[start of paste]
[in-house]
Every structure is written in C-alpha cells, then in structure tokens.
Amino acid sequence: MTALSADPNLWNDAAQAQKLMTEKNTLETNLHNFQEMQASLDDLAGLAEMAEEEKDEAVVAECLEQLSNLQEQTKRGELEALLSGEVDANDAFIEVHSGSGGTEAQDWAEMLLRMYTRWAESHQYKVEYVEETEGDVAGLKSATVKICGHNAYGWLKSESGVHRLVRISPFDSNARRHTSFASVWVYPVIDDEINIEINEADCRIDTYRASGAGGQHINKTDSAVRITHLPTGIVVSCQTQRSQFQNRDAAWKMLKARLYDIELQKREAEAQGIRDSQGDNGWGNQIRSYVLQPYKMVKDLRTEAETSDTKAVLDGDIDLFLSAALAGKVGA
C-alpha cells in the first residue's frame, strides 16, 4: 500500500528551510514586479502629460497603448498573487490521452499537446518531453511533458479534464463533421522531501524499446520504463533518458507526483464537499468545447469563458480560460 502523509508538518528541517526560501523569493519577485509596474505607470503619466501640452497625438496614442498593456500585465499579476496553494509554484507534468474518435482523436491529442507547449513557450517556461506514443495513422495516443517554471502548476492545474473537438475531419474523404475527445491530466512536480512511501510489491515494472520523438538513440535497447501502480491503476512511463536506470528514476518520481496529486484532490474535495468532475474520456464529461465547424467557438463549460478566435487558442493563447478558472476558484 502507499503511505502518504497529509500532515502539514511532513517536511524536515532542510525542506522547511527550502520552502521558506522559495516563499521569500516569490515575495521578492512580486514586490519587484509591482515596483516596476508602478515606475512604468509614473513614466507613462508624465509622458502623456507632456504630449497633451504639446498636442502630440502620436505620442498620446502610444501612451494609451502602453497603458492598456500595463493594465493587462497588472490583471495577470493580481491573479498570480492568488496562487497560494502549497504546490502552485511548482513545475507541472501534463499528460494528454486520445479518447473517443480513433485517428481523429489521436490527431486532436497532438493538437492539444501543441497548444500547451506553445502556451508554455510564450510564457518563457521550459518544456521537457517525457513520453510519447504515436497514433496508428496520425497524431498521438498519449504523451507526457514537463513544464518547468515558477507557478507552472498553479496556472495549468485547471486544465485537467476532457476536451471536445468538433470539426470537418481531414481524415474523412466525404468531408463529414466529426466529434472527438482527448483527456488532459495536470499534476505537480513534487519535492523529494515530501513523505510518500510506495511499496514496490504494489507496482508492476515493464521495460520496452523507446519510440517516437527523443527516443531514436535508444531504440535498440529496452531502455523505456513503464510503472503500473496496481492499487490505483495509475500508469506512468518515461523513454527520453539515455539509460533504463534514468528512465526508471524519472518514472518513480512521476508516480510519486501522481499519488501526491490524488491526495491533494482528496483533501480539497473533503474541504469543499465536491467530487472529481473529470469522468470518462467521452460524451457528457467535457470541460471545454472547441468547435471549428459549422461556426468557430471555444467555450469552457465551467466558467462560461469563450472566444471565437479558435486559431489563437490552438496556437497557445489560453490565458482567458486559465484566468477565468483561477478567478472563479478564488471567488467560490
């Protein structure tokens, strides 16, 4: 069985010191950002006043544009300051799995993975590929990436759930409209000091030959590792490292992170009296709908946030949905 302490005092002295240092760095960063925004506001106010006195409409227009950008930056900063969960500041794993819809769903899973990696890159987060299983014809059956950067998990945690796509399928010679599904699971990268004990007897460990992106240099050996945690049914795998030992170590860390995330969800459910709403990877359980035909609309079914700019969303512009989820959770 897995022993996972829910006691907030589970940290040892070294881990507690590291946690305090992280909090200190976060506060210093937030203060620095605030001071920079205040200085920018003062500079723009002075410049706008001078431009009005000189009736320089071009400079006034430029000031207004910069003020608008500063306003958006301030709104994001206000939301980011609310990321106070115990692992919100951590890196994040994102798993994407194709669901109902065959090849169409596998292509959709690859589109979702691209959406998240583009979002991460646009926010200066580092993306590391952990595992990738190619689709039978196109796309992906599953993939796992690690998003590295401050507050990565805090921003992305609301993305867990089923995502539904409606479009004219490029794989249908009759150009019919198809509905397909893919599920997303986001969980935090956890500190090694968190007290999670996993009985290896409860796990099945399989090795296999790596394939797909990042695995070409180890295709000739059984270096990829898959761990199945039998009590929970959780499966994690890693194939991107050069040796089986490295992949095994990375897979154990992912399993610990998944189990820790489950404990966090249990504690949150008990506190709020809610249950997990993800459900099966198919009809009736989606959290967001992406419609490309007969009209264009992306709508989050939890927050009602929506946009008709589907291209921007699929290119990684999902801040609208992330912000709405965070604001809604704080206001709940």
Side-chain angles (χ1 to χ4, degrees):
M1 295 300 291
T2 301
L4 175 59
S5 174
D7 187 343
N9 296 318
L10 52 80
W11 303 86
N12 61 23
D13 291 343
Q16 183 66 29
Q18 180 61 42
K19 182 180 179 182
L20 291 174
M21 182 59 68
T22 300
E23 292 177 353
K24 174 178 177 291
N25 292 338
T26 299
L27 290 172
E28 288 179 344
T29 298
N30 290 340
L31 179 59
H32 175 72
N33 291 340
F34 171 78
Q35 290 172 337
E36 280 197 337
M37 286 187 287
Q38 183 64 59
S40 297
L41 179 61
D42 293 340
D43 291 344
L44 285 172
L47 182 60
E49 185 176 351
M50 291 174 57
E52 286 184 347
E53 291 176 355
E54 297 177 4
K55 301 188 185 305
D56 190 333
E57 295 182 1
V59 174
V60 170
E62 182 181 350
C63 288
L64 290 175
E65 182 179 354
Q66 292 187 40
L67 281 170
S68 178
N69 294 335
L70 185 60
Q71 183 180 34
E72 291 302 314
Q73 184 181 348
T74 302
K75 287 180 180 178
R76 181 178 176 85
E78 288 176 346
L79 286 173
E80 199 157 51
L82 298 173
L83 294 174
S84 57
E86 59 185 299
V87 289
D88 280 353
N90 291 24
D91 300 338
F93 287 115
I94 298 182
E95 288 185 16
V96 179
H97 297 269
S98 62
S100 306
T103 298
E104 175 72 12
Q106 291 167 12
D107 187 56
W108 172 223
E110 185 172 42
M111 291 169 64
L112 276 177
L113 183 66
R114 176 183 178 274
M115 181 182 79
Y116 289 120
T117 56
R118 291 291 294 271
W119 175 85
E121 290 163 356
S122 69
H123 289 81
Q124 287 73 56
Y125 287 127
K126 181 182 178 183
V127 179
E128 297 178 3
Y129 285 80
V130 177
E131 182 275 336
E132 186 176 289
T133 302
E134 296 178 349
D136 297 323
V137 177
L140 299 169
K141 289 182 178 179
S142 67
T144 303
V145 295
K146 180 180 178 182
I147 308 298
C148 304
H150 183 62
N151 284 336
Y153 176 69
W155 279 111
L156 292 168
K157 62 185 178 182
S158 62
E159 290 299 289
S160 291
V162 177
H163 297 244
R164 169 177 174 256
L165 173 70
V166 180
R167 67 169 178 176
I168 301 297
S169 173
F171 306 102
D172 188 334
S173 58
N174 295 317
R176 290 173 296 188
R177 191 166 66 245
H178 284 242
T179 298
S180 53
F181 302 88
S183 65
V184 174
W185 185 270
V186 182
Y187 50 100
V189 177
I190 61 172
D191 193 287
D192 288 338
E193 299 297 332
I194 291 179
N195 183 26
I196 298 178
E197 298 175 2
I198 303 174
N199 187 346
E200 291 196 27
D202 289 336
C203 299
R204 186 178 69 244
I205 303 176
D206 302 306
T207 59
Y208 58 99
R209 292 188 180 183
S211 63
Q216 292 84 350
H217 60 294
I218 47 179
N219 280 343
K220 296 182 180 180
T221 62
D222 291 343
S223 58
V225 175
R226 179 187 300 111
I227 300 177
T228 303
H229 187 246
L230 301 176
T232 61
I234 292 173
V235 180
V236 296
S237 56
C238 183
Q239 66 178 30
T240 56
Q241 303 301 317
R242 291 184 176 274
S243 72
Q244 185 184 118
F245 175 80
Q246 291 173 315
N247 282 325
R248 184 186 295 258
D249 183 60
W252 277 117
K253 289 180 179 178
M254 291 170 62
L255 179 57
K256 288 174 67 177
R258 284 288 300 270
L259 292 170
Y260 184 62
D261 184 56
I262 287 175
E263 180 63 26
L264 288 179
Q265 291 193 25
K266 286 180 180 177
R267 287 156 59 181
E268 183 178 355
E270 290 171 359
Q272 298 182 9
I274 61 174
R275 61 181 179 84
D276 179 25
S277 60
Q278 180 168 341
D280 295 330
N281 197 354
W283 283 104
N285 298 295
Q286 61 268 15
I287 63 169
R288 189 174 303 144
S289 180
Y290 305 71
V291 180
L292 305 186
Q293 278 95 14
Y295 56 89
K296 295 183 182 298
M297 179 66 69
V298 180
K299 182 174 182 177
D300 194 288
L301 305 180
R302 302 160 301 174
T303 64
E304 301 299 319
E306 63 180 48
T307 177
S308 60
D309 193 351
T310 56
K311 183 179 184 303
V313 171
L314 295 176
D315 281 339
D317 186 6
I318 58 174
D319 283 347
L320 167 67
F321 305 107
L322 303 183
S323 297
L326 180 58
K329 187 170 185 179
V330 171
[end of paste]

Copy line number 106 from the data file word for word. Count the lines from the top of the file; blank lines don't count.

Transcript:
Q124 287 73 56